Talmud

Central text of Rabbinic Judaism and the primary source of Jewish religious law (halakha) and Jewish theology.

Central text of Rabbinic Judaism and the primary source of Jewish religious law (halakha) and Jewish theology.

The first page of the Babylonian Talmud, Tractate Berachot, folio 2a. The center column contains the Talmud text, beginning with a section of Mishnah. The Gemara begins 14 lines down with the abbreviation גמ (gimmel-mem) in larger type. Mishnah and Gemara sections alternate throughout the Talmud. The blocks of text on either side are the Rashi and Tosafot commentaries, printed in Rashi script. Other notes and cross references are in the margins.
An early printing of the Talmud (Ta'anit 9b); with commentary by Rashi
A page of a medieval Jerusalem Talmud manuscript, from the Cairo Geniza
A full set of the Babylonian Talmud
Talmudic saying on the Divine Presence
Koren Talmud Bavli
The Talmud on display in the Jewish Museum of Switzerland brings together parts from the first two Talmud prints by Daniel Bomberg and Ambrosius Froben.
Jewish Scene I
Jewish Scene II
A Controversy Whatsoever on Talmud<ref>See Schleicher's paintings at MutualArt.</ref>
At the Rabbi's
Jews studying Talmud, París, c. 1880–1905
Samuel Hirszenberg, Talmudic School, c. 1895–1908
Ephraim Moses Lilien, The Talmud Students, engraving, 1915
Maurycy Trębacz, The Dispute, c. 1920–1940
Solomon's Haggadoth, bronze relief from the Knesset Menorah, Jerusalem, by Benno Elkan, 1956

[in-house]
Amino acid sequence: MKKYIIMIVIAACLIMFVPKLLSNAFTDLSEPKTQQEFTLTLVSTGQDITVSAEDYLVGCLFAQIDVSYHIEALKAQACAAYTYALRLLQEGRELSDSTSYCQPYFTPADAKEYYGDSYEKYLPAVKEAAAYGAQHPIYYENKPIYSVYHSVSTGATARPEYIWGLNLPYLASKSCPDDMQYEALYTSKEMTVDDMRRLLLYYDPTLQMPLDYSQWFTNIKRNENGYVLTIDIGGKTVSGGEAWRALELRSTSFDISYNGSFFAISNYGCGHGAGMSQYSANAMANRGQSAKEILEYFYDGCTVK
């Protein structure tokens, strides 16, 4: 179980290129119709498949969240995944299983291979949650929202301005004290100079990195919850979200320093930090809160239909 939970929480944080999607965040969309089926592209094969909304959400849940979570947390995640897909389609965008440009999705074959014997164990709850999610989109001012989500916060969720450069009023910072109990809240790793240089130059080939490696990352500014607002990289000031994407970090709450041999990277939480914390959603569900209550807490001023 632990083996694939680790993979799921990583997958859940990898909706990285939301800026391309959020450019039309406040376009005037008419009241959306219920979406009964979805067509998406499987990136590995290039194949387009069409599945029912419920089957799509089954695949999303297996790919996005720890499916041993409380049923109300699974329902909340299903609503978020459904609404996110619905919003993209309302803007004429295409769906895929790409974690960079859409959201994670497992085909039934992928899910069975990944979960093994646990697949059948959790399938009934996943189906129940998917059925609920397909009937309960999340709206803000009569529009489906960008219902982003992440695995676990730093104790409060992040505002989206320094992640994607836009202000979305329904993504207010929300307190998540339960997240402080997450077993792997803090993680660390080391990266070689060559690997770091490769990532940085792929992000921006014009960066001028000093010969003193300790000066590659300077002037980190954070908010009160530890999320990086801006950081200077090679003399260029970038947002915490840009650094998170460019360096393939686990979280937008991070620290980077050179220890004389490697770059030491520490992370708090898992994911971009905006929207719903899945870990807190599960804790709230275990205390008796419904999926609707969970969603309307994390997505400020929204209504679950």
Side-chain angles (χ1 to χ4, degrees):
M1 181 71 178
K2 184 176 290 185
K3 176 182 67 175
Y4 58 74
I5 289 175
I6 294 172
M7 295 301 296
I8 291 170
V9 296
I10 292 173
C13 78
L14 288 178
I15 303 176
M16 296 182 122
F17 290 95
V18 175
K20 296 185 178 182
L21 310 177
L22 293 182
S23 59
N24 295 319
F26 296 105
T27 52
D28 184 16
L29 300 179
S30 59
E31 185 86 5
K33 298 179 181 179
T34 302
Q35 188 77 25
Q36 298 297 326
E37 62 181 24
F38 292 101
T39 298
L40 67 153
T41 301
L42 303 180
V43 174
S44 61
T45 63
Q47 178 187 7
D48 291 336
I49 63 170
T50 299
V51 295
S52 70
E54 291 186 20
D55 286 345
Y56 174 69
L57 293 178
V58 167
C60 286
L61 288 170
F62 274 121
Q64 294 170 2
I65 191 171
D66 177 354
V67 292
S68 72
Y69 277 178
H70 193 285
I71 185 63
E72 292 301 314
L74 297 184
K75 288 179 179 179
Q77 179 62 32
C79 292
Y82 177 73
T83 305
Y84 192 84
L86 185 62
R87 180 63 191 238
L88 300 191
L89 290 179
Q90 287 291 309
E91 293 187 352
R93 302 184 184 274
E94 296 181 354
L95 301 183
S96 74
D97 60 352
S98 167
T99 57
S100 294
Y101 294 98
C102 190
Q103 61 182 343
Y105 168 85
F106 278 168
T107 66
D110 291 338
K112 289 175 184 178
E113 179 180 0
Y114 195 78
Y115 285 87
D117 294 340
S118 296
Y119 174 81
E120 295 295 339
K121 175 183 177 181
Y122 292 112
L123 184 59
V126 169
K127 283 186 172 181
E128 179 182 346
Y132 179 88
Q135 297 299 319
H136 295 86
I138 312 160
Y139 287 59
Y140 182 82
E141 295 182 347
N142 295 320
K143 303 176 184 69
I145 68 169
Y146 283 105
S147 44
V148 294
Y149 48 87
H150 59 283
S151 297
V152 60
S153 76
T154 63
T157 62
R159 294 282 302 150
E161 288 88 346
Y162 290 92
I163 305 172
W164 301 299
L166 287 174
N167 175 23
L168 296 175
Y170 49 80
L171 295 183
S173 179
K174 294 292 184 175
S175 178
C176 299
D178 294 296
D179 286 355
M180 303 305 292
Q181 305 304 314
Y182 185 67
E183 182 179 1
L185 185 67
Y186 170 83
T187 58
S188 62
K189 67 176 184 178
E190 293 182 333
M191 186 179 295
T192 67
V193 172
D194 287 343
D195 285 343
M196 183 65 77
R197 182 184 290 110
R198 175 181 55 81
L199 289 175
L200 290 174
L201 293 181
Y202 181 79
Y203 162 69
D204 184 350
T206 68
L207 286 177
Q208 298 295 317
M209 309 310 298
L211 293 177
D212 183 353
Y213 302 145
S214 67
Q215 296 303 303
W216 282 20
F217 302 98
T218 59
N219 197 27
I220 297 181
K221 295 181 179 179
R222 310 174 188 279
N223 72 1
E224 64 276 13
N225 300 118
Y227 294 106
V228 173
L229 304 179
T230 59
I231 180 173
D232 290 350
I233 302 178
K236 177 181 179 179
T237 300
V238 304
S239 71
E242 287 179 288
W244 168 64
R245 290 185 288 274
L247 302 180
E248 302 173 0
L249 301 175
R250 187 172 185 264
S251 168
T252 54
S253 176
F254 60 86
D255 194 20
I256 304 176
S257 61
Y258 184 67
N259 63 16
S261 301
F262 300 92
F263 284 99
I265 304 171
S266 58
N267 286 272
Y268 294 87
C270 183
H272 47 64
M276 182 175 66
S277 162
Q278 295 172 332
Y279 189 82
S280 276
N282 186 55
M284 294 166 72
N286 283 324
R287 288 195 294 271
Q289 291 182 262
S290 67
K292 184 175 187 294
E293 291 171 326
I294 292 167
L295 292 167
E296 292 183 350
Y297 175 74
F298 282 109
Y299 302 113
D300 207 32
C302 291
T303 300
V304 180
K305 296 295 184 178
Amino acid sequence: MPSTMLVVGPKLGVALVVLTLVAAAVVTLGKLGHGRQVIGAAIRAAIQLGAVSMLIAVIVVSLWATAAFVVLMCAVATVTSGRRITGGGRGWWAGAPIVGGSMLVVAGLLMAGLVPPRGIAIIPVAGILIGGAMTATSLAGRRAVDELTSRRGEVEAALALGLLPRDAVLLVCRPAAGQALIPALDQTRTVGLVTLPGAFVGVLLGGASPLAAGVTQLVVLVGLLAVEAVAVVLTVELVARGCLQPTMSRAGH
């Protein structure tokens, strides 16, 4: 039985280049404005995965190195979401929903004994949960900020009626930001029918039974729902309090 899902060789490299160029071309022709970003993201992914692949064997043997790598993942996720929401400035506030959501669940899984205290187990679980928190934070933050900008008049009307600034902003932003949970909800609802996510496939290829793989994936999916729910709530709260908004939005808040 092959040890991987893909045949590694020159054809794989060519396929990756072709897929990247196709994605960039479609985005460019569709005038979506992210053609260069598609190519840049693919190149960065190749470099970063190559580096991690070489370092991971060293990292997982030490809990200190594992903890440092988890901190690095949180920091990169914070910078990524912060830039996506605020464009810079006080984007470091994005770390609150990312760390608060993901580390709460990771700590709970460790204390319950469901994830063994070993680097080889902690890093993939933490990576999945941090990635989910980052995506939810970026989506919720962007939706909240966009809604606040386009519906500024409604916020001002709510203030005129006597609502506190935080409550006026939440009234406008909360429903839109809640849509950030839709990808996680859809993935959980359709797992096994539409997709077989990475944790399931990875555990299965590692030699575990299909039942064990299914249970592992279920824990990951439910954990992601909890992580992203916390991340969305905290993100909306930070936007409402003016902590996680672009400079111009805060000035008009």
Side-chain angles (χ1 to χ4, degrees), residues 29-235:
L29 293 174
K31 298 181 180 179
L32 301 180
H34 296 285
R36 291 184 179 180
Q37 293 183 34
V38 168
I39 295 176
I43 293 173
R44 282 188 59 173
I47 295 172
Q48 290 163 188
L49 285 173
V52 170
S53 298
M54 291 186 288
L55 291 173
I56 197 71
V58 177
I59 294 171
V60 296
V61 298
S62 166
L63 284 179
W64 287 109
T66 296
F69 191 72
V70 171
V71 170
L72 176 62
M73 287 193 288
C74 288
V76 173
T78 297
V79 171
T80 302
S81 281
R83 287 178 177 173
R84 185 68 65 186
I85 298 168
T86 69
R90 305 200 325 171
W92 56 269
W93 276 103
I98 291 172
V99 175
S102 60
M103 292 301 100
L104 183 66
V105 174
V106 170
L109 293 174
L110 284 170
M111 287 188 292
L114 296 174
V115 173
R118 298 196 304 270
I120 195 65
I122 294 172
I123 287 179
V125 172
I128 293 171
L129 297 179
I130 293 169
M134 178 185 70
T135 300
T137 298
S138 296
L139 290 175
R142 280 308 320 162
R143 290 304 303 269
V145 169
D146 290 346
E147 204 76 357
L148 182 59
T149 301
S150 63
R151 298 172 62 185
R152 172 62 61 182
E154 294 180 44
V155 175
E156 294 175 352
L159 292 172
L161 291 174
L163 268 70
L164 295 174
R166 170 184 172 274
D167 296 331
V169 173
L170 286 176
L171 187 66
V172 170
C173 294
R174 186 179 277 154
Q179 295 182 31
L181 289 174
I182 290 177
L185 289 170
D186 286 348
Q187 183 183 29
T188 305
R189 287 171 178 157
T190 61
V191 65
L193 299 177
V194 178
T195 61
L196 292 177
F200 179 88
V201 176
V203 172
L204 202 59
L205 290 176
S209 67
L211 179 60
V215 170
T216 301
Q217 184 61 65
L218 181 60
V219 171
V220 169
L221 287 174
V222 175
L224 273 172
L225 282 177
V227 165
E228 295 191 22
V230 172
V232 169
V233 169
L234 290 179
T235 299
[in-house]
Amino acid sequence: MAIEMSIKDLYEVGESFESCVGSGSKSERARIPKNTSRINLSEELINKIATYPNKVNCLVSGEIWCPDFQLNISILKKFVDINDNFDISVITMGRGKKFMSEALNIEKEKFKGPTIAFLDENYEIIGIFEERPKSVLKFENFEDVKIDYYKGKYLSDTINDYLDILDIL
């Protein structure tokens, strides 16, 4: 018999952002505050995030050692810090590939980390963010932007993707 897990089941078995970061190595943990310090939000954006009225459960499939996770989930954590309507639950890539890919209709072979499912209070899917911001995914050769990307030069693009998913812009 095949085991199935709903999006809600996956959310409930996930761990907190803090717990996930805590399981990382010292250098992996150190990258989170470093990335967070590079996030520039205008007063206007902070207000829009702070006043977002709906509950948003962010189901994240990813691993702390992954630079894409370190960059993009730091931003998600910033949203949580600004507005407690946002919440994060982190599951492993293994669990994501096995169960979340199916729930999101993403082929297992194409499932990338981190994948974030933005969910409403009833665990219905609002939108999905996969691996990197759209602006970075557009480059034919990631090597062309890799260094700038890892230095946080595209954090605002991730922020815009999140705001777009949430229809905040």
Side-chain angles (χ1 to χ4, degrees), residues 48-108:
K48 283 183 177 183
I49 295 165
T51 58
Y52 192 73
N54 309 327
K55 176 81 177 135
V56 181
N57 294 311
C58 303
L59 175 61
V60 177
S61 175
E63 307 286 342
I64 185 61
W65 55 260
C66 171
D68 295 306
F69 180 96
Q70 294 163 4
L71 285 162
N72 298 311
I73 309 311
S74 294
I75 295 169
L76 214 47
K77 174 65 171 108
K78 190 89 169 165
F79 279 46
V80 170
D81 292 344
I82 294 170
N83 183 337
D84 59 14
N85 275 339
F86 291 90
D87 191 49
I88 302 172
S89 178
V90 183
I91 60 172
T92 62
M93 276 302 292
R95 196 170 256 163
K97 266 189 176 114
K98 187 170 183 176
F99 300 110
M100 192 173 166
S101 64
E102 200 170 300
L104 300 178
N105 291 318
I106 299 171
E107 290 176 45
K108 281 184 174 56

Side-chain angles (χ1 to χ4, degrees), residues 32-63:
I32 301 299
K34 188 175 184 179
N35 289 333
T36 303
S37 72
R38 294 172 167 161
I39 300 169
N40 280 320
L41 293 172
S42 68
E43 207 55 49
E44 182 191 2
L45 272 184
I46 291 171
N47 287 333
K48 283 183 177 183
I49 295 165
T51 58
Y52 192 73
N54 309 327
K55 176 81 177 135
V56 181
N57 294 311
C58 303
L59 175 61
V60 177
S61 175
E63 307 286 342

Hilel's Teachings, bronze relief from the Knesset Menorah
Jewish Mysticism: Jochanan ben Sakkai, bronze relief from the Knesset Menorah
Yemenite Jews studying Torah in Sana&#039;a
Oz veHadar edition of the first page of the Babylonian Talmud, with elements numbered in a spiraling rainbowː (1) Joshua Boaz ben Simon Baruch's Mesorat haShas, (2) Joel Sirkis's Hagahot (3) Akiva Eiger's Gilyon haShas, (4) Completion of Solomon ben Isaac's commentary from the Soncino printing, (5) Nissim ben Jacob's commentary, (6) Hananel ben Hushiel's commentary, (7) a survey of the verses quoted, (8) Joshua Boaz ben Simon Baruch's Ein Mishpat/Ner Mitzvah, (9) the folio and page numbers, (10) the tractate title, (11) the chapter number, (12), the chapter heading, (13), Solomon ben Isaac's commentary, (14) the Tosafot, (15) the Mishnah, (16) the Gemara, (17) an editorial footnote.

Early commentators such as rabbi Isaac Alfasi (North Africa, 1013–1103) attempted to extract and determine the binding legal opinions from the vast corpus of the Talmud.

Another very useful study aid, found in almost all editions of the Talmud, consists of the marginal notes Torah Or, Ein Mishpat Ner Mitzvah and Masoret ha-Shas by the Italian rabbi Joshua Boaz, which give references respectively to the cited Biblical passages, to the relevant halachic codes (Mishneh Torah, Tur, Shulchan Aruch, and Se'mag) and to related Talmudic passages.

Shulchan Aruch

Most widely consulted of the various legal codes in Judaism.

Most widely consulted of the various legal codes in Judaism.

The Shulchan Aruch (and its forerunner, the Beit Yosef) follow the same structure as Arba'ah Turim by Rabbi Jacob ben Asher.

Hence Karo adopted the Halakhot of Rabbi Isaac Alfasi (the Rif), Maimonides (the Rambam), and Asher ben Jehiel (the Rosh) as his standards, accepting as authoritative the opinion of two of the three, except in cases where most of the ancient authorities were against them or in cases where there was already an accepted custom contrary to his ruling.